The week leading up to it was... busy, to put it mildly. We had a ton of last minute prizes being donated, tickets being sold, and things to do. The prize donations we received were quite unbelievable, both in quality and quantity. Our home is 'cozy' as Ryan puts it, so there wasn't any room to walk around or play with Winny, the dog. Every single day I looked around at everything and shed at least a few tears, some days more than others, both from gratitude as well as from a feeling of disbelief that people could be so generous just for us. We ended up with TWENTY regular prizes!!!! We had a lot of prizes for our wedding social, but not that many! There were FOUR grand prizes, and again, we didn't even have that many at our wedding social. Ryan made a bean bag toss game which was a huge hit. We ended up getting 3 sets of NHL tickets donated, so we had one for the bean bag toss, one set for a grand prize and ended up putting one into a 'mystery' box. I know the winner of that prize was even more excited when they opened it up and saw what it was. Honestly I wish I could write about all of the prizes we had because each one was really fabulous. But, it would take up my entire blog post.
   Our surrogate came into town for the fundraiser. She was here for a week and stayed with us. It was very nice getting to spend so much quality time with her. She was a great help in finalizing the prizes and wrapping them up, along with both my Mom and Ryan's Mom. We wouldn't have been able to get it all done without their help. We are so lucky, and so thankful.
   We set up a 'guest book' for anyone who came to the fundraiser to sign. Not everyone ended up signing it, but that's ok. Now we have something tangible that we can keep, and if we are successful in creating a baby, when they are big enough, we can give it to them to show them how many people helped 'create' them, how loved and wanted they were. Ahh, it makes me cry just thinking about it.
   The fertility clinic also lent us some information flip charts for people to peruse through. They detailed the steps involved in IVF, ICSI, and other processes people go through to make a baby when the natural way doesn't work out. I don't think people looked through them as much as we had hoped they would, but it felt great just knowing we had them there for people to learn from if they chose.
   The day before the fundraiser was one of the craziest, most exciting days ever. First thing in the morning our story came out in the local Free Press. It was well written and explained the situation clearly. It created such a buzz that we ended up getting a ton of online donations, people talking about, and sharing out story. By 5:15 we were in CBC News Radio giving an on-air interview about surrogacy and the fundraiser itself. We were so excited and shocked by the media attention that our nerves didn't have much time to kick in to full-blast. It was an incredible day.
   The fundraiser was a blast. We had a great turn-out with some people surprising us and others that we knew were coming. It was a total whirlwind since Ryan and I decided to 'work' the door and the bean bag toss. Ryan's Mom ended up helping me with the door because I was often caught chatting and hugging, and Ryan worked the bean bag toss the entire time. His legs are still sore from bending and picking up bean bags a billion times that night! My Mom was so busy catching up with friends and family that came, that she didn't even get to say hi to everyone that was there! I am still telling her about some people that were there that she didn't even see! The hugs, kind words and love that were shared that night will never be forgotten. I am still totally amazed by everyone that came and helped us with this dream, it will forever be one of my favourite nights in my whole life.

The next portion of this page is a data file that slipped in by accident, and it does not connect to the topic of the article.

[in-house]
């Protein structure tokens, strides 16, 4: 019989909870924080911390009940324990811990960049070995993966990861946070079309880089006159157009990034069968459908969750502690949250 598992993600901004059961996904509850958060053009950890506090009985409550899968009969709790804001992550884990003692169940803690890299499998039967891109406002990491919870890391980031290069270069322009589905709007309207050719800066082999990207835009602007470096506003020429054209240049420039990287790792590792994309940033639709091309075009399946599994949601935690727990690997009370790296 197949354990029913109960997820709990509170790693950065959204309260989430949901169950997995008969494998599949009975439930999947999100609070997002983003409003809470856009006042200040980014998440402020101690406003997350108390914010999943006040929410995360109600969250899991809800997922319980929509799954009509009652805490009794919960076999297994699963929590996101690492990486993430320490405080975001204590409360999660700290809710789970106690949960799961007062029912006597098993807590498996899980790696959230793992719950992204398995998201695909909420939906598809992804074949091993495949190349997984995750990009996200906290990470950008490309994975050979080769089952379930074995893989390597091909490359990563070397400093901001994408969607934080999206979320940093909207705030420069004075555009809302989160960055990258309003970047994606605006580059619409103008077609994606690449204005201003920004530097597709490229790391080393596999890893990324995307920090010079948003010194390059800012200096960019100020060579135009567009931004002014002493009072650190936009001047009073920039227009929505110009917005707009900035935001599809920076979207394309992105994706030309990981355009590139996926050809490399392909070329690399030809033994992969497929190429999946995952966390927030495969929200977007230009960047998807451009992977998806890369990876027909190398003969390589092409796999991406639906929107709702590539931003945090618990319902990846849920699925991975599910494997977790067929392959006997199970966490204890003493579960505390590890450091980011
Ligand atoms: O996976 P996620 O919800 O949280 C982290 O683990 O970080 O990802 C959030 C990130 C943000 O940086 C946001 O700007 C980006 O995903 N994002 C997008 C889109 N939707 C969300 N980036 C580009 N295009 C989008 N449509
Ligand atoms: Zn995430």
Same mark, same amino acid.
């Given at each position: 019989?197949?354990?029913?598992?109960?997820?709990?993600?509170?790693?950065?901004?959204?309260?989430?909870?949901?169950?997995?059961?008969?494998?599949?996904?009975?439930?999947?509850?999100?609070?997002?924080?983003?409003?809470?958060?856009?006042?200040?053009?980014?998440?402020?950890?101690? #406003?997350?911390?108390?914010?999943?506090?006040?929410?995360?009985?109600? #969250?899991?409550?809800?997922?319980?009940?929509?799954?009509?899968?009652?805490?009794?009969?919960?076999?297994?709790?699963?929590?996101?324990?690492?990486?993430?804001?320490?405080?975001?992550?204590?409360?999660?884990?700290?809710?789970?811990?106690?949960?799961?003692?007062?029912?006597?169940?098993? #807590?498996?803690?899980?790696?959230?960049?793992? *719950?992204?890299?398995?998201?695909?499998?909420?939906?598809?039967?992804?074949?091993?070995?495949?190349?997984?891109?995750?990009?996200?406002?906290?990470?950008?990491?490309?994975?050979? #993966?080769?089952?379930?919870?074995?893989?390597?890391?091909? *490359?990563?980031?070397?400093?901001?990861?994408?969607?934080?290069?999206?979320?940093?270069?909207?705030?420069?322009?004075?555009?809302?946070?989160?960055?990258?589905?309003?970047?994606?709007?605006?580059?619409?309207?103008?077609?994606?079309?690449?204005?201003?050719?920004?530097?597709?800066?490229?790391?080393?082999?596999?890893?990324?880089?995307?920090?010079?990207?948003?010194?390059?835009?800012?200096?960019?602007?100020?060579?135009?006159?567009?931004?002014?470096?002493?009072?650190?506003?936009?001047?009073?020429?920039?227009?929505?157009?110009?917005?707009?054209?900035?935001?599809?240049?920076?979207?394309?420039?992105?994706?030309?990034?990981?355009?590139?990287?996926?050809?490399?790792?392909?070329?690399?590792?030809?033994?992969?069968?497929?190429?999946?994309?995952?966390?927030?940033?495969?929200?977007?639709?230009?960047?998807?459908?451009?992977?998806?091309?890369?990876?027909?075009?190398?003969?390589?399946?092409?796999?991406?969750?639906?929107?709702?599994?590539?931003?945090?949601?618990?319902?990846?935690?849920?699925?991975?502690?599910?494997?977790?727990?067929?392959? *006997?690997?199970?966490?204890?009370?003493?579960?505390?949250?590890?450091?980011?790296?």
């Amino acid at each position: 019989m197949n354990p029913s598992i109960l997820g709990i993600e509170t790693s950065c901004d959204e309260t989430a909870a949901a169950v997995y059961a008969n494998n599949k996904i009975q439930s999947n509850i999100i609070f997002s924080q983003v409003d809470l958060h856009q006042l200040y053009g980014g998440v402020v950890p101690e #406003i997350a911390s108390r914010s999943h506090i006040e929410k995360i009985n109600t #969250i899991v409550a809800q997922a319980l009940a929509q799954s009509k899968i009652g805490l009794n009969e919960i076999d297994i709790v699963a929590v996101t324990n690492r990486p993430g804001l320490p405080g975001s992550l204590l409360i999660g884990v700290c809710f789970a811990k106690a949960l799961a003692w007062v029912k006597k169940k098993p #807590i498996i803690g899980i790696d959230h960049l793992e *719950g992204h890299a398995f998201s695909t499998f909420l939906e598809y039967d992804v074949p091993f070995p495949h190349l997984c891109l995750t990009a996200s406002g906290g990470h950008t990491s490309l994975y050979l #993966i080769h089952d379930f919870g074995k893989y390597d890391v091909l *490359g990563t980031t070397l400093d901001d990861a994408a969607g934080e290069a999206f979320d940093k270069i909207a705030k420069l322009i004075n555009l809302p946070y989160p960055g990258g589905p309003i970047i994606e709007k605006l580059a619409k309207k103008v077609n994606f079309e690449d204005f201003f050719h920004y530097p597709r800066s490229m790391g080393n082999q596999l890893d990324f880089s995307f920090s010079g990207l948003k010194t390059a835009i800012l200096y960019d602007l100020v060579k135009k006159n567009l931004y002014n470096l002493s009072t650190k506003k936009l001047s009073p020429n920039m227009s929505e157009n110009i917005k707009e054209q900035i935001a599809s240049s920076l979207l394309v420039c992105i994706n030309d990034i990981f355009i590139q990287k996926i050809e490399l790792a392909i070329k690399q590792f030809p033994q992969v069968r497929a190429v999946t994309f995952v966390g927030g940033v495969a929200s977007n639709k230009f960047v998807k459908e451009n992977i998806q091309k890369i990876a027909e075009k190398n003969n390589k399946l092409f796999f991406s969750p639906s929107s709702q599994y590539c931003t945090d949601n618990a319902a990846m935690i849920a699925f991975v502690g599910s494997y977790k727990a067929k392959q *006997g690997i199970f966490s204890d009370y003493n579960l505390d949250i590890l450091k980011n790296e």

I had expected myself to cry the night away, and not to be able to keep my emotions together, but I did! It wasn't until we were calling the prize winners that it began to hit me. I kept it together though while speaking and thanking everyone, but once the majority of people left, I bawled. It all seemed to hit me at once and I felt like I had been hit by a truck....I was exhausted mentally, emotionally and physically. I was overwhelmed, and finally it felt like I could let it out. It took about 3 days and a ton of tears for me to 'release' all of my pent up emotions. I think I just kept it all in until it was over, then I felt like I could let it all out. It felt great being able to cry, and to sleep. I hadn't had a good sleep in weeks, but that night I slept solid and it was amazing.
   It turns out that people are still wanting to help us, which is beyond amazing, so we extended the online fundraising page until the end of October. We aren't posting the link anymore because we don't want to be asking for more than we have already gotten, but since people have still been asking us how to donate, even days after the fundraiser, we decided to extend it just a little.
   We are simply blown away by the love, support, kindness and generosity from our friends, our family, our community and even complete strangers. We feel very loved and know that what we are doing, and how we have done it all, has been the right thing. 
   A lot of people have been asking how it went, and though I know they wanted all of these details, I know most people are really wondering if we reached our goal. The answer is that we did not reach the full monetary goal, but we did reach the main goal, which was to help offset the total costs. Of course we didn't expect to make the full amount anyway, so it wasn't upsetting or surprising. We did great and were both so very happy and grateful with the end result. We are so excited to say that we did make enough to be able to move forward!!!!!